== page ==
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Books of Blood

While the dusty realm of the library’s seldom seen as a hive of excitement, a recent discovery at the library at Harvard University’s Houghton Library has been causing something of a stir. For experts have recently confirmed that a volume in the library’s collection is bound in human skin. Oddly enough, this isn’t the first book belonging to the prestigious US university that was thought to have been bound in this grisly fashion. In 2006, Harvard librarians revealed that they believed they had at least three such volumes in their impressive collections. The practice is known as ‘anthropodermic bibliopegy’, proving that there’s a name for pretty much everything.

The first such volume in the Harvard collection’s Practicarum Quaestionum Circa Leges Regias Hispaniae, a 17th Century Spanish legal text held by the University’s Law Library. An inscription within claimed that ‘the bynding of this booke is all that remains of my dear friende Jonas Wright, who was flayed alive by the Wavuma on the Fourth Day of August, 1632’. However, scientific tests subsequently established that the leather bindings came from sheepskin rather than anything more sinister. Happily for fans of ghoulish tales, though, the second such volume to be tested recently by Harvard scientists, held by the Houghton Library, has proven to be the real deal.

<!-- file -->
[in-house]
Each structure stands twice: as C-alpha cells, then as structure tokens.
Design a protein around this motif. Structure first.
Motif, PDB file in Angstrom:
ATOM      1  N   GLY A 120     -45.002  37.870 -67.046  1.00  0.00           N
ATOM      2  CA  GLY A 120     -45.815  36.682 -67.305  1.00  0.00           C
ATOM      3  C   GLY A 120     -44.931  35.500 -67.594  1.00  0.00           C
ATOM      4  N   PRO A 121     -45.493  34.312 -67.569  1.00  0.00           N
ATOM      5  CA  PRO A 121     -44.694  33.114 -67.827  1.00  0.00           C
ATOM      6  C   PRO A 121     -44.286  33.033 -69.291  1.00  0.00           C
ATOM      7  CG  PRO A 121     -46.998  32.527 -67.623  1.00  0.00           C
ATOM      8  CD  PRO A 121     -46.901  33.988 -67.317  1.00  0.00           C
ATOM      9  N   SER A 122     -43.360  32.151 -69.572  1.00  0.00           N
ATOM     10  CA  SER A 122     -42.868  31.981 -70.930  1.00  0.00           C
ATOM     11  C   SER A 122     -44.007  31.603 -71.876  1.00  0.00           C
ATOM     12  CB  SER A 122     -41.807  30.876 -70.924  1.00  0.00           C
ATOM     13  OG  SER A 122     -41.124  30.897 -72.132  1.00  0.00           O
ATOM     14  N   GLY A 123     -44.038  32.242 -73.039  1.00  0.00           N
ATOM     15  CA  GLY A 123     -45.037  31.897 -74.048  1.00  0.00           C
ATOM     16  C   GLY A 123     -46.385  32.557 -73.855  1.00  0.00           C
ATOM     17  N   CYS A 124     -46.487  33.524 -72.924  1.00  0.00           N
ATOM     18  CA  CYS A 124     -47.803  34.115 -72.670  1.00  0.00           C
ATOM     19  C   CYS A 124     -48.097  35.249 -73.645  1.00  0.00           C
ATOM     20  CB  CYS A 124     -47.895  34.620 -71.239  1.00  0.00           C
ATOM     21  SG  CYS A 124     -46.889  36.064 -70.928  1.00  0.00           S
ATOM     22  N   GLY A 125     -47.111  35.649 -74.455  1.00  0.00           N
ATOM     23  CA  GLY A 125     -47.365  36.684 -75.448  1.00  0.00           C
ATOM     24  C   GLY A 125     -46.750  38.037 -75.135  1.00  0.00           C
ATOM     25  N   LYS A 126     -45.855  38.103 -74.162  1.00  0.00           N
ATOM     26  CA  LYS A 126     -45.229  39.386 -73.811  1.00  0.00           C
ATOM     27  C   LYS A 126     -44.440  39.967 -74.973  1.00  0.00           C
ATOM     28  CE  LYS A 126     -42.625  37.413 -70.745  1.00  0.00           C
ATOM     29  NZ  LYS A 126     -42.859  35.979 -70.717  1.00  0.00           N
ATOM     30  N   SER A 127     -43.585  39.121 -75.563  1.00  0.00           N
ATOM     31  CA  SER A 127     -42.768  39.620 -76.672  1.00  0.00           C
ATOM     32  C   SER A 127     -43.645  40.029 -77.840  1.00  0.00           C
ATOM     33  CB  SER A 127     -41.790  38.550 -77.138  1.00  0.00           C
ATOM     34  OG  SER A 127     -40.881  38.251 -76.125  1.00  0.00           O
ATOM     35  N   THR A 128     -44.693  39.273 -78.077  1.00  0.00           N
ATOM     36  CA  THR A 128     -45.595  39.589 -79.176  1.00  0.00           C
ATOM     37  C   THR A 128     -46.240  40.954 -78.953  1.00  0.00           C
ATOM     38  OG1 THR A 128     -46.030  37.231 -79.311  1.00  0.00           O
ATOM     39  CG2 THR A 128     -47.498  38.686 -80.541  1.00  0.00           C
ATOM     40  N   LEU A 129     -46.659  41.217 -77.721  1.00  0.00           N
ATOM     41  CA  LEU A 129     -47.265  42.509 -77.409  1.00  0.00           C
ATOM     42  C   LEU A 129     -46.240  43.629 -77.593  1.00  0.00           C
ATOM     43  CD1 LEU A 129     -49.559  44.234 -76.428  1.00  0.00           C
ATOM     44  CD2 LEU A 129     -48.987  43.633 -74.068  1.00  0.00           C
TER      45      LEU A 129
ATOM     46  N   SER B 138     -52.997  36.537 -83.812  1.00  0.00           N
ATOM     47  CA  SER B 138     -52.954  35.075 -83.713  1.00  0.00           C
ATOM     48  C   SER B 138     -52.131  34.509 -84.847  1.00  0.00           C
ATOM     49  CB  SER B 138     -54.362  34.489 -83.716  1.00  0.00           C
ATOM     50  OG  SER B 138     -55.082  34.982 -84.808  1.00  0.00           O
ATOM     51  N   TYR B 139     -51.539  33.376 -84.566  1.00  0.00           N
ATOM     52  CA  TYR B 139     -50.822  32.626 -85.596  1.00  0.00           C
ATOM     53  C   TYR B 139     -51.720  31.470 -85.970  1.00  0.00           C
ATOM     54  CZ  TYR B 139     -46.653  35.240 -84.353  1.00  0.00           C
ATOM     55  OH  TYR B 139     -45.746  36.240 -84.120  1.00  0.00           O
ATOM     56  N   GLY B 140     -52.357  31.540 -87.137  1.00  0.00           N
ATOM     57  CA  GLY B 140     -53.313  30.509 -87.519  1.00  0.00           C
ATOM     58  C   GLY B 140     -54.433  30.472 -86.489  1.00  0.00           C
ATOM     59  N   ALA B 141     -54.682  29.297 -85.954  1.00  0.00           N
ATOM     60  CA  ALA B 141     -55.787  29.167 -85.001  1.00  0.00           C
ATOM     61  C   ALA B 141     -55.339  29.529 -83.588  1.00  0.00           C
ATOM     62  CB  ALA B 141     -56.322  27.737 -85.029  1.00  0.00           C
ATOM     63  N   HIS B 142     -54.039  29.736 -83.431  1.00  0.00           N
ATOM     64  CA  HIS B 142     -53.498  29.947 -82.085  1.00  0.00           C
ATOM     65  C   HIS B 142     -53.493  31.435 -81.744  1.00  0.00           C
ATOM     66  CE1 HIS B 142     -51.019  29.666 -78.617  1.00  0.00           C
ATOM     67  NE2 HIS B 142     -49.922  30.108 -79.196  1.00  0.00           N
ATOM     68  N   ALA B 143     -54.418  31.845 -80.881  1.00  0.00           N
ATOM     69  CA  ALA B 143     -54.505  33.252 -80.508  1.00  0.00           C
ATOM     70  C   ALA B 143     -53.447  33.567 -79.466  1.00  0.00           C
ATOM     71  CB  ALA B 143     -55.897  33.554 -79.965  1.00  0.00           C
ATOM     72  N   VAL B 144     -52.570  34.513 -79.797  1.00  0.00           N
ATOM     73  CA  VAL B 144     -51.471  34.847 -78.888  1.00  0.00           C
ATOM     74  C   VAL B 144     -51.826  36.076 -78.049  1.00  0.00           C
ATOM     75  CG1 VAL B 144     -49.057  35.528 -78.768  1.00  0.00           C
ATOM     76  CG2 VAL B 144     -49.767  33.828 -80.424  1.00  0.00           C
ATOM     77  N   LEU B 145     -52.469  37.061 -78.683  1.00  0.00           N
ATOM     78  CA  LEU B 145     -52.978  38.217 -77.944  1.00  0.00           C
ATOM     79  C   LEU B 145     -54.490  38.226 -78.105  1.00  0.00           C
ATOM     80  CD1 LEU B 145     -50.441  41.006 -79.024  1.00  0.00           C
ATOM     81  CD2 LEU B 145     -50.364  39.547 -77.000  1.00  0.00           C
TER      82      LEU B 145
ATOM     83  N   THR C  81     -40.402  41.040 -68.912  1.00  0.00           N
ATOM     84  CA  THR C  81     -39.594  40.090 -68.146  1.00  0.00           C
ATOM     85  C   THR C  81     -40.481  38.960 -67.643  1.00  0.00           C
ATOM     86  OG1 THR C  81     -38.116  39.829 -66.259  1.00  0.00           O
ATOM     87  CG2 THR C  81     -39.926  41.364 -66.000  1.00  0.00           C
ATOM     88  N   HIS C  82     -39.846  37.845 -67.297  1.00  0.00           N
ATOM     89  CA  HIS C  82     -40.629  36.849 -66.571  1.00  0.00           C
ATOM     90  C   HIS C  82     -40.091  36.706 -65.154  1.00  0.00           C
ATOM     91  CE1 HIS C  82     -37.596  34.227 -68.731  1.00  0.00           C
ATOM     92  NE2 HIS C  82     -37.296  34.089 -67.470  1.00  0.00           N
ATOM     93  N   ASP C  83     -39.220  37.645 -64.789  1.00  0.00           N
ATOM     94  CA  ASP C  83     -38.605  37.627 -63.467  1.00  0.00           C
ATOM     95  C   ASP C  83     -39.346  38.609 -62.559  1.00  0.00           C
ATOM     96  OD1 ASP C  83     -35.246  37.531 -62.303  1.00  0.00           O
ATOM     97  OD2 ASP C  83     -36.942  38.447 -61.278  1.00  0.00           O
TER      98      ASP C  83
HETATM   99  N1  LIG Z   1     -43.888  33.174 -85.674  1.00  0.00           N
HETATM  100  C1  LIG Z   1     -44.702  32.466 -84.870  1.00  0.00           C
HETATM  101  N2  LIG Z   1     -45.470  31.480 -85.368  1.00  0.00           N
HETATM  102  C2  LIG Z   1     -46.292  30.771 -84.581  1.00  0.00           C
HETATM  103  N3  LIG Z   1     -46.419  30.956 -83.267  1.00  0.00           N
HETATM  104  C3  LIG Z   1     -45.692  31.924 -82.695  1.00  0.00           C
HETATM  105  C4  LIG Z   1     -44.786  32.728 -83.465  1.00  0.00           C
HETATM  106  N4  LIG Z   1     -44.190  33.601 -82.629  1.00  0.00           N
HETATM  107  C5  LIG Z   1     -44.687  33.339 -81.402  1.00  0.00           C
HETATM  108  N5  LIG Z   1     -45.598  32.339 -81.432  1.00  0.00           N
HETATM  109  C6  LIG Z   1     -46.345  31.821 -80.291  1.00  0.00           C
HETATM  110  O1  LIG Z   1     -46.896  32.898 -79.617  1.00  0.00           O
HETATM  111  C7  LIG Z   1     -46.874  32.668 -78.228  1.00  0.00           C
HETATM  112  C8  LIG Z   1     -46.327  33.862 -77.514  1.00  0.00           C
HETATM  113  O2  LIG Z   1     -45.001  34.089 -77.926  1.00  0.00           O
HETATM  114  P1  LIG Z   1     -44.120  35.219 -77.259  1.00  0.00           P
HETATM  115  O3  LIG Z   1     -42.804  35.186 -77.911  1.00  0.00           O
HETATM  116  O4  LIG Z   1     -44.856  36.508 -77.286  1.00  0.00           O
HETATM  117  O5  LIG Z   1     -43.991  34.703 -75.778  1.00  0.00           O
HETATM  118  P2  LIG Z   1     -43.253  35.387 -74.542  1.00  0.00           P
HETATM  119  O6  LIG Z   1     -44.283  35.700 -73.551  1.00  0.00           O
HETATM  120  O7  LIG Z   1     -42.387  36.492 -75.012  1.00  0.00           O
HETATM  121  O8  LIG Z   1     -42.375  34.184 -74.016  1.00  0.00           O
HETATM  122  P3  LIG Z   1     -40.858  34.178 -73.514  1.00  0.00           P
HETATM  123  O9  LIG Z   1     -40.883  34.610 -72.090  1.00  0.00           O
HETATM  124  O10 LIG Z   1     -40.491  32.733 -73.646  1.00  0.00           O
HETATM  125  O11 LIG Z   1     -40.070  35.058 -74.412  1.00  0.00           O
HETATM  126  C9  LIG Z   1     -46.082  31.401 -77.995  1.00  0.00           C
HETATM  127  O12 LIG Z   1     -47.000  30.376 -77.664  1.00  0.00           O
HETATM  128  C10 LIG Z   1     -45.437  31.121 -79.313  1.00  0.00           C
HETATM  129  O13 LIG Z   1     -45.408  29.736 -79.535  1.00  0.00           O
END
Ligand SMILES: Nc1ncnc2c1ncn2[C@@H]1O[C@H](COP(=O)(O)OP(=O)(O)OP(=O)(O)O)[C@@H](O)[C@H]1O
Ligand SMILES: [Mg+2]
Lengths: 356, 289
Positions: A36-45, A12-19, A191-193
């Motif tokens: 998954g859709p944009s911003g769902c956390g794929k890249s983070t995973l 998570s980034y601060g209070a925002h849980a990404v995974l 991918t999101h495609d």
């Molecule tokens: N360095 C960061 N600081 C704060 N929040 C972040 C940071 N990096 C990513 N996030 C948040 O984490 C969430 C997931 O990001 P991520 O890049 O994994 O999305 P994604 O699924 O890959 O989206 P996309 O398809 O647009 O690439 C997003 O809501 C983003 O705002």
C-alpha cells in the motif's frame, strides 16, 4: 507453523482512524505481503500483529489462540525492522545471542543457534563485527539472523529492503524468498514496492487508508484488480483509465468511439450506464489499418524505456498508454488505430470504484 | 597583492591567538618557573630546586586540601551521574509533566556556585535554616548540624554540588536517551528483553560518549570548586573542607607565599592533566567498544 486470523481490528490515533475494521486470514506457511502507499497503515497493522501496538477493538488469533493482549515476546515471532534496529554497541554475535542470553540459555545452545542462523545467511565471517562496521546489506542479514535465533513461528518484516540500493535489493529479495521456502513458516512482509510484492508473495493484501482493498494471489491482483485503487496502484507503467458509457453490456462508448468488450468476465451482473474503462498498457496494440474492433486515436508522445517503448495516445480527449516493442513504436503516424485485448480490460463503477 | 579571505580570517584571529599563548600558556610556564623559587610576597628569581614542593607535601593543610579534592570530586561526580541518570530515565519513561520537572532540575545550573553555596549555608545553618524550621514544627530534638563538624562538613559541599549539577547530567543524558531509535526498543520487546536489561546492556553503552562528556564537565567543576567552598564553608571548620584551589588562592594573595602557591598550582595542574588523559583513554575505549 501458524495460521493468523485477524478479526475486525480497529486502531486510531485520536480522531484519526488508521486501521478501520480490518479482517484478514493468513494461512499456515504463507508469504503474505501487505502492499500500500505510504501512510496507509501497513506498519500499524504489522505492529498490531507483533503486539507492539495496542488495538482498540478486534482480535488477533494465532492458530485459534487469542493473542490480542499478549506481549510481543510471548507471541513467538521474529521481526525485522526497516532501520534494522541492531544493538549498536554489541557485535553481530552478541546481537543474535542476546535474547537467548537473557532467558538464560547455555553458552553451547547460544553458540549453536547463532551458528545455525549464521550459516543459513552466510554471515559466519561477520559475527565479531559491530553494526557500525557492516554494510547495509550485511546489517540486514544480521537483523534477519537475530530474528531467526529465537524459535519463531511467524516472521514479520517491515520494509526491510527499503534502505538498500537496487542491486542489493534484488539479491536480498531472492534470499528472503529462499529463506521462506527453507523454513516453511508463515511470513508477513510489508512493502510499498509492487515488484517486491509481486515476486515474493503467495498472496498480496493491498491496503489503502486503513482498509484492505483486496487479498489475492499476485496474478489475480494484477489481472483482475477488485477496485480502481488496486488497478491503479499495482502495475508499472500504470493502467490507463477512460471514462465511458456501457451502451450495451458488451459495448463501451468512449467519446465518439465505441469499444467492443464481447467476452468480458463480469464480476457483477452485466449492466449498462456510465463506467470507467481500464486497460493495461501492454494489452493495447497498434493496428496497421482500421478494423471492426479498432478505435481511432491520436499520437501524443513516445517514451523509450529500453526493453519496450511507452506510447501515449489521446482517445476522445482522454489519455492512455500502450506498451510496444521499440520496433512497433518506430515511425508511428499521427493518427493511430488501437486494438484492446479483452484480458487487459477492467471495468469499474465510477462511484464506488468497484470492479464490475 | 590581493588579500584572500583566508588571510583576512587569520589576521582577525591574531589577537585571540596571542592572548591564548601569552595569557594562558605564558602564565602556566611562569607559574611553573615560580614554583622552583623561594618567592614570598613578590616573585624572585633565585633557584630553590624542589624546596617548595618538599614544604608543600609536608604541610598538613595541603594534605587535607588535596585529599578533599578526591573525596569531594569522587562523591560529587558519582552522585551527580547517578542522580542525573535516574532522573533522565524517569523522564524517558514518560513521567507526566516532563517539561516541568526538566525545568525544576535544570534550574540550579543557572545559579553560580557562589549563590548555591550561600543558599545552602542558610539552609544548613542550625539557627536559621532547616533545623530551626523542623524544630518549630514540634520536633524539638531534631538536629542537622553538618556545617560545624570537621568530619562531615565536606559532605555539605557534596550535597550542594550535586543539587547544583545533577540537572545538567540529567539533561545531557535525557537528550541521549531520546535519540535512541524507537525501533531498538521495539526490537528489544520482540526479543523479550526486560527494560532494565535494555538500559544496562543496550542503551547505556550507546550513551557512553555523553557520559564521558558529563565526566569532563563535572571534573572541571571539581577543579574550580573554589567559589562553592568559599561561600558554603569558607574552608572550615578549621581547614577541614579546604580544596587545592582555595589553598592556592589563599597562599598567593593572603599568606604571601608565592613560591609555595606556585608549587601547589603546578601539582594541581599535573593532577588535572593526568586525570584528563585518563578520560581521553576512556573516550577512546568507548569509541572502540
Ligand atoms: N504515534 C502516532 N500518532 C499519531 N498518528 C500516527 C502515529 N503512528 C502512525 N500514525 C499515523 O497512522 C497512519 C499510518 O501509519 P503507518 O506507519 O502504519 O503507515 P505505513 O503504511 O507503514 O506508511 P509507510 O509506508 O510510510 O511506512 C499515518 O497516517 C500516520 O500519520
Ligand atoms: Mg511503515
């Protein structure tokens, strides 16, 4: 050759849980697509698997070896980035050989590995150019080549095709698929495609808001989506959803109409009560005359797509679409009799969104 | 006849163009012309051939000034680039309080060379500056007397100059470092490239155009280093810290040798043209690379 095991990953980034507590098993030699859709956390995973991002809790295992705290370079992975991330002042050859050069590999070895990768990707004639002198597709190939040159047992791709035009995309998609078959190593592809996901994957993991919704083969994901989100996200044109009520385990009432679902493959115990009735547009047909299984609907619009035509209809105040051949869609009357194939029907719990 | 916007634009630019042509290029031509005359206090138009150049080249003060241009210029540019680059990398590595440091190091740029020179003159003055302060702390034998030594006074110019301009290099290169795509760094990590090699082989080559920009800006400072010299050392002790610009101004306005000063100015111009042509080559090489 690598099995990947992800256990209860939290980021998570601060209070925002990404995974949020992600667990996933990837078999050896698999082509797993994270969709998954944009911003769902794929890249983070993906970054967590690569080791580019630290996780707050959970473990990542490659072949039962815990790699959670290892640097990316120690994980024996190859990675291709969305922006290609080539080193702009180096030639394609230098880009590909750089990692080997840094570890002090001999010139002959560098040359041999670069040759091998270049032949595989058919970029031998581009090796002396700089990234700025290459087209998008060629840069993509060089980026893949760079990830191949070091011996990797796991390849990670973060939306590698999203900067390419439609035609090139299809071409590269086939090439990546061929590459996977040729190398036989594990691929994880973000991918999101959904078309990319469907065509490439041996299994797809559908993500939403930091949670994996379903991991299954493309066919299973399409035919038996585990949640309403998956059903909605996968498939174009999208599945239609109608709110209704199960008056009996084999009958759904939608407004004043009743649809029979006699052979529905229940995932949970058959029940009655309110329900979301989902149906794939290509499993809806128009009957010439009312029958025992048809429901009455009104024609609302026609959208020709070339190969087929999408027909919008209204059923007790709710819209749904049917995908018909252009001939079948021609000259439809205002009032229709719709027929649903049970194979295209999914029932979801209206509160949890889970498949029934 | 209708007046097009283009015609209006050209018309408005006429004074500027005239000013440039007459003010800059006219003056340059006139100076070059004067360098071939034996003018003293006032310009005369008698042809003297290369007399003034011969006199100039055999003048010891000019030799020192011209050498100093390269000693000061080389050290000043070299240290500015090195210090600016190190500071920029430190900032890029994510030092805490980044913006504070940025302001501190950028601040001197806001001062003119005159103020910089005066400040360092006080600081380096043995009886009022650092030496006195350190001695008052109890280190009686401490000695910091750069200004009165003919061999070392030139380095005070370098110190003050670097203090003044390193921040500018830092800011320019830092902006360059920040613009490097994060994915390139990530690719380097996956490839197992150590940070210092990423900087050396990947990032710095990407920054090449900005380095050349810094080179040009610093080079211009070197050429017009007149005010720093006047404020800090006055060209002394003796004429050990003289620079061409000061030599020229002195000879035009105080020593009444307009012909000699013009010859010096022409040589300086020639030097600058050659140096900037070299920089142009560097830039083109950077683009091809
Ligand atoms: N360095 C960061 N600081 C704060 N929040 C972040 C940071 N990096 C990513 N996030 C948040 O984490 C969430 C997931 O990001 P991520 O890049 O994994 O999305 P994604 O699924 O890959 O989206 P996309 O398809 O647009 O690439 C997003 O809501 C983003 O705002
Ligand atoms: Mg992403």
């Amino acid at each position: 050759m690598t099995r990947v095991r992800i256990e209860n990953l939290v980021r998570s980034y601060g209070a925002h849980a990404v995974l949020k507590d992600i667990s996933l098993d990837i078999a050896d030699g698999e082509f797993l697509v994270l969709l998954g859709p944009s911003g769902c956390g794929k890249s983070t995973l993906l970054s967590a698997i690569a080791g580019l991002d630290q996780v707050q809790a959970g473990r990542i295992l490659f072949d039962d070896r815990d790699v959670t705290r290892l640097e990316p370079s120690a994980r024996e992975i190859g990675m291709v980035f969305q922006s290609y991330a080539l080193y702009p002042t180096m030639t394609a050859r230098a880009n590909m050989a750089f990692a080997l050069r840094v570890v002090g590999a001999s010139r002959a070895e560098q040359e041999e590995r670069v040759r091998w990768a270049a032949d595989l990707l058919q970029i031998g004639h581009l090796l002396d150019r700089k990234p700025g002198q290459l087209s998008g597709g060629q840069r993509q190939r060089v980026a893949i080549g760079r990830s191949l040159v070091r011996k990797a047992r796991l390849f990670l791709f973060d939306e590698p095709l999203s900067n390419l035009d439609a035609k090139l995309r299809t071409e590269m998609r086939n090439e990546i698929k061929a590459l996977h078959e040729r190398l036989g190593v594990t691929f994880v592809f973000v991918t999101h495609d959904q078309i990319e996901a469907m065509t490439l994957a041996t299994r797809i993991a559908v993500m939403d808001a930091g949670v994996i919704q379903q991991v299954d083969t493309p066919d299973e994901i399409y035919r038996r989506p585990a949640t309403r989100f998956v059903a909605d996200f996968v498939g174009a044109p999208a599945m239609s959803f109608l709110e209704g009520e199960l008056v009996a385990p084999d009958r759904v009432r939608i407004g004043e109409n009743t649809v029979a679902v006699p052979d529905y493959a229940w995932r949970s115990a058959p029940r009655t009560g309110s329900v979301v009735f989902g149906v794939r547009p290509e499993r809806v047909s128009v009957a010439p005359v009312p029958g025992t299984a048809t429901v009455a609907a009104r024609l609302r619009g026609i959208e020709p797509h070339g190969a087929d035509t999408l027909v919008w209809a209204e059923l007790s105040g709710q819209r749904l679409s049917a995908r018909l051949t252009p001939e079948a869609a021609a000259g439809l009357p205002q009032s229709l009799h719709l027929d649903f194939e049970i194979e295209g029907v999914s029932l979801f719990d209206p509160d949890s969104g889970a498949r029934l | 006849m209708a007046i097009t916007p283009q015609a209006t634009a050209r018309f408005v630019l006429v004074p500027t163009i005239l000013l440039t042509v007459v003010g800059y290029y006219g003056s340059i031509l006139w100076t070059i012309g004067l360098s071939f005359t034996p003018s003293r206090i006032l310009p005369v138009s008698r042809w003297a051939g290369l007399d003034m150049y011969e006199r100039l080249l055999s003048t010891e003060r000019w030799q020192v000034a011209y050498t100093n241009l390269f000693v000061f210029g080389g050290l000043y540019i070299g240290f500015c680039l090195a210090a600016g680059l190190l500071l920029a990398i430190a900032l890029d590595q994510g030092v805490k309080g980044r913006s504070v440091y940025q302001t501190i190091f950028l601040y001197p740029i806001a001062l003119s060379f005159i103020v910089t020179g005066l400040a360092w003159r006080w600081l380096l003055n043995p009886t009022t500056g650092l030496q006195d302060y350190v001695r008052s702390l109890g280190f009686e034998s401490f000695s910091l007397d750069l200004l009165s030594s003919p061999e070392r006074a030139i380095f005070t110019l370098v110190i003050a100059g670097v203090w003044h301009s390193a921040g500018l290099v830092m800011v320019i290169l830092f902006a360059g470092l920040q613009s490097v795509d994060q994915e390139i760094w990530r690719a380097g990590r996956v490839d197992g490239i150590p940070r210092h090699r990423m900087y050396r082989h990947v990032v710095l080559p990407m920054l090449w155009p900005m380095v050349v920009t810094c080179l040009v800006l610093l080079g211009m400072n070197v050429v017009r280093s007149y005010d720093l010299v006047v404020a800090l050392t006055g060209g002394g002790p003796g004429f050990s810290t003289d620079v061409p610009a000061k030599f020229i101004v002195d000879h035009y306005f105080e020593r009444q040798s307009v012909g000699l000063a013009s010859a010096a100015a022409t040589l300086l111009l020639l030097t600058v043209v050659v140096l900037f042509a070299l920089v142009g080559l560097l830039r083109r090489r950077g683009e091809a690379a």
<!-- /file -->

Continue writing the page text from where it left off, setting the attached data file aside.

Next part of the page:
The book in question is a slim French volume entitled Des destinées de l’ame, a 19th Century collection of essays meditating on the human spirit. ‘This book is bound in human skin parchment on which no ornament has been stamped to preserve its elegance,’ reads a note from the book’s original owner who had it rebound in this gruesome style. ‘By looking carefully you easily distinguish the pores of the skin. A book about the human soul deserved to have a human covering: I had kept this piece of human skin taken from the back of a woman…’

Other documentation confirms that our original owner was a medical man, who obtained his materials from ‘the back of the unclaimed body of a woman patient in a French mental hospital who died suddenly of apoplexy.’ Scientist affirmed that tests on the binding ‘clearly eliminated other common parchment sources, such as sheep, cattle and goat.’ Though, while, ‘consistent with human, other closely related primates, such as the great apes and gibbons, could not be eliminated because of the lack of necessary references.’ The philosophical, old school book-lover can only conclude that at least this is something you won’t find on your e-reader. Yet…

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